I want to declutter, but where do I start?

Ouch! You get knocked on the head by a falling object as you pull something from the top shelf of your cupboard.

"Thats it! I'm done!" you yell, "That's the last time I get injured by clutter!"


So- you're finally ready to tackle the big home declutter. But where to start? The overflowing kitchen cupboards, the wardrobe that is crammed with clothes you never wear, the garage which holds every imaginable piece of sports and camping equipment. Ugh. You need a plan. And fast.


Where do I believe you should start? It's not where you might think...


Where do I believe you should start with decluttering? HINT: it's not where you think!

It's your wallet.

"What? This chick has gone mad." I can actually hear you you saying that out loud as you read this, but bear with me.


Decluttering can be exhausting. There are so many decisions to be made and plenty of them involve complex emotions like deep sentimentality. You have to reassess you aspirations, accept the feelings of wastefulness and frequently negotiate with other parties in your household if the items relate to them. And that's just in the letting go. You also have to address the rehoming, selling or discarding of items and then re-organise, possibly clean and put back what remains. This is not a job for the faint-hearted or the easily bored.


Hence, start with your wallet.


Pull out everything. Start by looking at all of your cards. Cut up any that you no longer use or which may have expired. Convert the excess (or lesser used) loyalty cards to a loyalty card storage app on your phone so you have less bulk in your wallet. Throw away or file the receipts. Look at anything else that was in there and ask yourself if you need it and use it. Give it a dust off or wipe inside and out. Put your cash and needed cards back in. Job done.


Doesn't that feel great? Success. Go make yourself a cuppa and put your feet up. You've earned a rest. But wait, that feels good doesn't it? That feeling of achievement? Maybe you just want to keep going. So where to next? Maybe take a small step up. Try decluttering your purse/ handbag or backpack next. Maybe your gym bag or the glovebox in your car?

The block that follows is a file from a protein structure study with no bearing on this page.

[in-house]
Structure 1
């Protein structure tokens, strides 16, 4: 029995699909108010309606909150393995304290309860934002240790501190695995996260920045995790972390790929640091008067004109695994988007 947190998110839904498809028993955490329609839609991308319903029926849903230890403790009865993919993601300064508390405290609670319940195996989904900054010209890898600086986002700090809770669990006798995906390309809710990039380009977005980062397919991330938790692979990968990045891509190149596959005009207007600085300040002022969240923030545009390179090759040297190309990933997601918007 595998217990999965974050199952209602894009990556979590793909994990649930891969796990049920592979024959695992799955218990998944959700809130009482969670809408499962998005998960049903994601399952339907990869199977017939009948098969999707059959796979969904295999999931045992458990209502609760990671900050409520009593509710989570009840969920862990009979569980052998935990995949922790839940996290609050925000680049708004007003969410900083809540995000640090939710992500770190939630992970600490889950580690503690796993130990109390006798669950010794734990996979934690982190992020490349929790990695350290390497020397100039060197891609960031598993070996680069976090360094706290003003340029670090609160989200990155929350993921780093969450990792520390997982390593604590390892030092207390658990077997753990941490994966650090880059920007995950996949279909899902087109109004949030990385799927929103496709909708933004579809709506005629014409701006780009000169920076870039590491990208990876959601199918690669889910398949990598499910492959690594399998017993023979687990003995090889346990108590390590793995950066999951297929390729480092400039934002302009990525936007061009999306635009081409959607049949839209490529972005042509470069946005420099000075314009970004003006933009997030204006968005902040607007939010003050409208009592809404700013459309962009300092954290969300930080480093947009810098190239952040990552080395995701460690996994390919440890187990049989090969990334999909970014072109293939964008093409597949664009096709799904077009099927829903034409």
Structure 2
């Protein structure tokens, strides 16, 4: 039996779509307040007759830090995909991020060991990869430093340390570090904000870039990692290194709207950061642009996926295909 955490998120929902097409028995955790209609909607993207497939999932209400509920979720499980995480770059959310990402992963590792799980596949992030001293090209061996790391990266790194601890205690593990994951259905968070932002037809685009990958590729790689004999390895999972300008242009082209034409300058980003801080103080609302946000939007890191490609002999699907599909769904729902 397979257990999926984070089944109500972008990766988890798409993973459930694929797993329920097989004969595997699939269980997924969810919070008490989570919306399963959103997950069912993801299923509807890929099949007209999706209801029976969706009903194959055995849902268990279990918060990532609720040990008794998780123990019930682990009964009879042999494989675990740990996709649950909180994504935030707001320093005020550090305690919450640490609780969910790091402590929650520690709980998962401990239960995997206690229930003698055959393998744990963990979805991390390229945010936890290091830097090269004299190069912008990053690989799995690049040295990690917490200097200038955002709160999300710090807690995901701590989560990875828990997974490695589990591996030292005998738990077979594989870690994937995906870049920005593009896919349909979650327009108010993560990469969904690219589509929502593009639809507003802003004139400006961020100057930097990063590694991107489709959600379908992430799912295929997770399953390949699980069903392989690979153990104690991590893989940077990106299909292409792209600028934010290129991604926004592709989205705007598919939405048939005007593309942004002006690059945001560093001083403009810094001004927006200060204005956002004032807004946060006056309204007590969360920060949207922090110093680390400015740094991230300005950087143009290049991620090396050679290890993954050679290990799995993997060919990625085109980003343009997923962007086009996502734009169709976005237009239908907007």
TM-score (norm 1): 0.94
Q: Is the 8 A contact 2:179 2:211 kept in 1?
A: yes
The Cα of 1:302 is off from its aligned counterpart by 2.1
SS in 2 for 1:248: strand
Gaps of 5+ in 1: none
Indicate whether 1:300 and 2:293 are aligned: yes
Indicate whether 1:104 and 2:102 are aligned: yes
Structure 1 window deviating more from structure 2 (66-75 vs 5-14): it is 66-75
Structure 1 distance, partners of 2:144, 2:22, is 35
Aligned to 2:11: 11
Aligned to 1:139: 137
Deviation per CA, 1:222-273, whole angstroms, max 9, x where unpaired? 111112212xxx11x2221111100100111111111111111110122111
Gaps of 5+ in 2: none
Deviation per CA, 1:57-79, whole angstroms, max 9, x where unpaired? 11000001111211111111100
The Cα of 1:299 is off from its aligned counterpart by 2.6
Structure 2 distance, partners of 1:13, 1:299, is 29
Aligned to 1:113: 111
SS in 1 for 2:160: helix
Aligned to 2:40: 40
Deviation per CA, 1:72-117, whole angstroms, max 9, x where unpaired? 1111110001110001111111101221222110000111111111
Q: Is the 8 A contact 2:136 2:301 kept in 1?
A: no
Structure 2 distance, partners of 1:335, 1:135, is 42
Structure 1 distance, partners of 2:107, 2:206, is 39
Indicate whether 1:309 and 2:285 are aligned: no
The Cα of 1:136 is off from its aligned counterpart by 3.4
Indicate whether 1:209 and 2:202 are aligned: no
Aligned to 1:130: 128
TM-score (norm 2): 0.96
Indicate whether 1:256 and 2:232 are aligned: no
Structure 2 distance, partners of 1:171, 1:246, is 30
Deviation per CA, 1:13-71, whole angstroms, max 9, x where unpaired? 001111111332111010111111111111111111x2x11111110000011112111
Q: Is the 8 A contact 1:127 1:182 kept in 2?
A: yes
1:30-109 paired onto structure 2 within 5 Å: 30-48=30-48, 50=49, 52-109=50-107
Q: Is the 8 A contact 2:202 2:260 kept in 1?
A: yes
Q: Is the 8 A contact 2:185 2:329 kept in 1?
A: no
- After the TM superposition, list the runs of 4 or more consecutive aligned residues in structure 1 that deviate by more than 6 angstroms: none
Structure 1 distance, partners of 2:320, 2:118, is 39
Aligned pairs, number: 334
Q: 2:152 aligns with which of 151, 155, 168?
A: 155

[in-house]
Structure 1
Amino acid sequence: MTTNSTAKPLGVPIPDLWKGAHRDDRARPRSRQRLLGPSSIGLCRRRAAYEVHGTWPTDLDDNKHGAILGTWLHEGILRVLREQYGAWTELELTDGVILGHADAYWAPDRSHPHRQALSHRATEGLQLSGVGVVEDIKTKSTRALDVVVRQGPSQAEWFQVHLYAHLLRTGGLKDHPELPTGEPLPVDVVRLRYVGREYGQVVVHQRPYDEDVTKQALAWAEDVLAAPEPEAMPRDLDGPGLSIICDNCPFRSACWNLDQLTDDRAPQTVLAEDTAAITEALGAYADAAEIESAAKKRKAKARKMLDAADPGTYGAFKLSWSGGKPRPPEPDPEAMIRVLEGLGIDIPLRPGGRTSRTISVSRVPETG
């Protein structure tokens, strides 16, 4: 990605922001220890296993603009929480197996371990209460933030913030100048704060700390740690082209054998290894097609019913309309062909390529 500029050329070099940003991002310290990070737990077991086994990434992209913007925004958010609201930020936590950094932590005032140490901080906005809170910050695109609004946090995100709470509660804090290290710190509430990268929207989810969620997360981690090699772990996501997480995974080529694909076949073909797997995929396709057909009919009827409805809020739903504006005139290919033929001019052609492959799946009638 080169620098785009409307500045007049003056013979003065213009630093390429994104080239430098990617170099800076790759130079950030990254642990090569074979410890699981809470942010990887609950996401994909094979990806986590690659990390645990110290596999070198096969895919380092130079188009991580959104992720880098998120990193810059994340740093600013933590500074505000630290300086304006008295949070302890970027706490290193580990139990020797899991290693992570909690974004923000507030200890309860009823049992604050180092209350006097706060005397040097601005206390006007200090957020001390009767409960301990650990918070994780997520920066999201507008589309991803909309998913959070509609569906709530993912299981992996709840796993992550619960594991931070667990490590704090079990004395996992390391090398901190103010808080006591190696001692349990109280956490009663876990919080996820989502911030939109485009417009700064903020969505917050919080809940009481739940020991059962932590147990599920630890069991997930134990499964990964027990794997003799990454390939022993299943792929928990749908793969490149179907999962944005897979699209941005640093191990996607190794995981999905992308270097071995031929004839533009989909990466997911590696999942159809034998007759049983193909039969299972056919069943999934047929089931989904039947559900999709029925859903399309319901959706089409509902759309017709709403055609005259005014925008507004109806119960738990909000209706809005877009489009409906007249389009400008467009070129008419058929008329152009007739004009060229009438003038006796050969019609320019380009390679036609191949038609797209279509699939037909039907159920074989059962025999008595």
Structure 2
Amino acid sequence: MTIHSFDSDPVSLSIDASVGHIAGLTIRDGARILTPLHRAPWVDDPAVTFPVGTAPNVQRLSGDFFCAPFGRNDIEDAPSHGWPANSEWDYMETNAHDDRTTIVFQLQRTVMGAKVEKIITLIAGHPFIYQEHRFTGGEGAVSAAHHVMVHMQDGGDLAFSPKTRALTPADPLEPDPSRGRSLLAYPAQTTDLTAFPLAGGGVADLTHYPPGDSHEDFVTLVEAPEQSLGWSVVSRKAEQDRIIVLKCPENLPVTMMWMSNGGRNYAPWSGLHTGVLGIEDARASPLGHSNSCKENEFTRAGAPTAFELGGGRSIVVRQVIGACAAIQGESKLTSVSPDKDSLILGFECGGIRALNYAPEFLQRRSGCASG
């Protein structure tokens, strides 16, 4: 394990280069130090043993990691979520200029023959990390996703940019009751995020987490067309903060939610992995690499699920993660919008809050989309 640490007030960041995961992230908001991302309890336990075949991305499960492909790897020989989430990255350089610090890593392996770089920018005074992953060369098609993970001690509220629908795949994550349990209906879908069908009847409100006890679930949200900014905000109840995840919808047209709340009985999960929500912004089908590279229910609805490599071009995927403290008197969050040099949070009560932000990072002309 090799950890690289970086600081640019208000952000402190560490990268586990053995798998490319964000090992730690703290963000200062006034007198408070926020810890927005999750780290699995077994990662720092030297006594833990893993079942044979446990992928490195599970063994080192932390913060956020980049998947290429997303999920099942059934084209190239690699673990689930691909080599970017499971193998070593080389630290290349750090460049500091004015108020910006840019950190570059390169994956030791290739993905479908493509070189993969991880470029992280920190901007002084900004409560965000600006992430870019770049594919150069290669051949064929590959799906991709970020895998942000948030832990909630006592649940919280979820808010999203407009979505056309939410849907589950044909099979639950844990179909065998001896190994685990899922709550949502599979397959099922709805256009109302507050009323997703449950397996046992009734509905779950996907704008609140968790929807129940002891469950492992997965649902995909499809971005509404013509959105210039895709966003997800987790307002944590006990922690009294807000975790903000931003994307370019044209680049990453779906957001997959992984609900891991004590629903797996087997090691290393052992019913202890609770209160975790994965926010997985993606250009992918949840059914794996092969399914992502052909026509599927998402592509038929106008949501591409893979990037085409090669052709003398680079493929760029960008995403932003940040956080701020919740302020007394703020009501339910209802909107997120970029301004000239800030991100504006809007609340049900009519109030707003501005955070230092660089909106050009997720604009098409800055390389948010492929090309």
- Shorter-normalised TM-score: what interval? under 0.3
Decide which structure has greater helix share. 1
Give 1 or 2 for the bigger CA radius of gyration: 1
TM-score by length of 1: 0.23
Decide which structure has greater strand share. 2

You see, decluttering is like using a muscle. You can't walk into the gym, having never lifted weights, and go straight to bench-pressing 100kg. You would injure yourself and probably never come back to the gym. You need to start small and gradually build it up over time. When you start AND finish a decluttering task, you feel great and that builds momentum for you to continue. You get a little stronger. How many times have you tried to jump straight into a big decluttering job, got half way through, lost heart and hope and thrown it all back in the space, in a worse state than it was when you started? It is unbelievably common. That's because it's too big. You're not ready for that yet. Start small and gradually work your way up.


You know that decluttering will involve an exhaustive amount of decisions about what to keep and what let go, so it is helpful to practice letting go of small and insignificant things like receipts or loyalty cards first. This gives you lived experience of things leaving your life and not affecting you negatively. It's much easier deciding on the receipts in your wallet than whether to keep or sell your wedding dress for example.


But, when you start small you will work your decision making muscle over and over, easy decisions at first and then gradually harder. After wallets and bags, think of decluttering a drawer at a time. Maybe a drawer in the kitchen first. Then each of your desk drawers. Graduate to a shelf in the pantry, then the bookshelf, your bedside tables, the linen cupboard. Then you might feel ready to move to your wardrobe, then the trunk full of old photos and then onwards towards the attic and the junk room. By the time you reach a decision as big as the unused sports equipment in the garage, the box of keepsakes from high school or your wedding dress, you will have made literally thousands of decisions. You will be much better at working out what you need, use or love, be stronger at letting things go and understanding that you actually can let them go, without adverse effects.


So forget the saying, "Go big or go home." When it comes to decluttering you want to start small and then build momentum. Now, go find your wallet...


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